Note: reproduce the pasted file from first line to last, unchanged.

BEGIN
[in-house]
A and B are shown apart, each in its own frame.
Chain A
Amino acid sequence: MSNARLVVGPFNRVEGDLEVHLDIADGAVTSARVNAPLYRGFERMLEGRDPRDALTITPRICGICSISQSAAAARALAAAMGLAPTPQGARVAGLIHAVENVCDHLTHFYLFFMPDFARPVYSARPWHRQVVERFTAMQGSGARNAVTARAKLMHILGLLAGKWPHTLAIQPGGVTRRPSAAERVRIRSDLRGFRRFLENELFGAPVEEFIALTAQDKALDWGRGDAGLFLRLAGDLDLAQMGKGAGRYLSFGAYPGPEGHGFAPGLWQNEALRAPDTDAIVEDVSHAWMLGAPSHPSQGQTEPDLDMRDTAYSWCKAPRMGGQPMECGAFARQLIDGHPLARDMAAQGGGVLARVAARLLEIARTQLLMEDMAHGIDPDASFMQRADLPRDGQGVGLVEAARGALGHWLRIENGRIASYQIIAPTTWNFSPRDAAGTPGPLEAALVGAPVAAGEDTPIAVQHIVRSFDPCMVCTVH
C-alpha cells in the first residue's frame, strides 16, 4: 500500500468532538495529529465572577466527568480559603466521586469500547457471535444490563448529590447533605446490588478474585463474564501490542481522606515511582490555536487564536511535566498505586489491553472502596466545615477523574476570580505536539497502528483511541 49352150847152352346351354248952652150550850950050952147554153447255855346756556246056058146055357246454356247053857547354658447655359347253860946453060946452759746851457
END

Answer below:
[in-house]
A and B are shown apart, each in its own frame.
Chain A
Amino acid sequence: MSNARLVVGPFNRVEGDLEVHLDIADGAVTSARVNAPLYRGFERMLEGRDPRDALTITPRICGICSISQSAAAARALAAAMGLAPTPQGARVAGLIHAVENVCDHLTHFYLFFMPDFARPVYSARPWHRQVVERFTAMQGSGARNAVTARAKLMHILGLLAGKWPHTLAIQPGGVTRRPSAAERVRIRSDLRGFRRFLENELFGAPVEEFIALTAQDKALDWGRGDAGLFLRLAGDLDLAQMGKGAGRYLSFGAYPGPEGHGFAPGLWQNEALRAPDTDAIVEDVSHAWMLGAPSHPSQGQTEPDLDMRDTAYSWCKAPRMGGQPMECGAFARQLIDGHPLARDMAAQGGGVLARVAARLLEIARTQLLMEDMAHGIDPDASFMQRADLPRDGQGVGLVEAARGALGHWLRIENGRIASYQIIAPTTWNFSPRDAAGTPGPLEAALVGAPVAAGEDTPIAVQHIVRSFDPCMVCTVH
C-alpha cells in the first residue's frame, strides 16, 4: 500500500468532538495529529465572577466527568480559603466521586469500547457471535444490563448529590447533605446490588478474585463474564501490542481522606515511582490555536487564536511535566498505586489491553472502596466545615477523574476570580505536539497502528483511541 49352150847152352346351354248952652150550850950050952147554153447255855346756556246056058146055357246454356247053857547354658447655359347253860946453060946452759746851457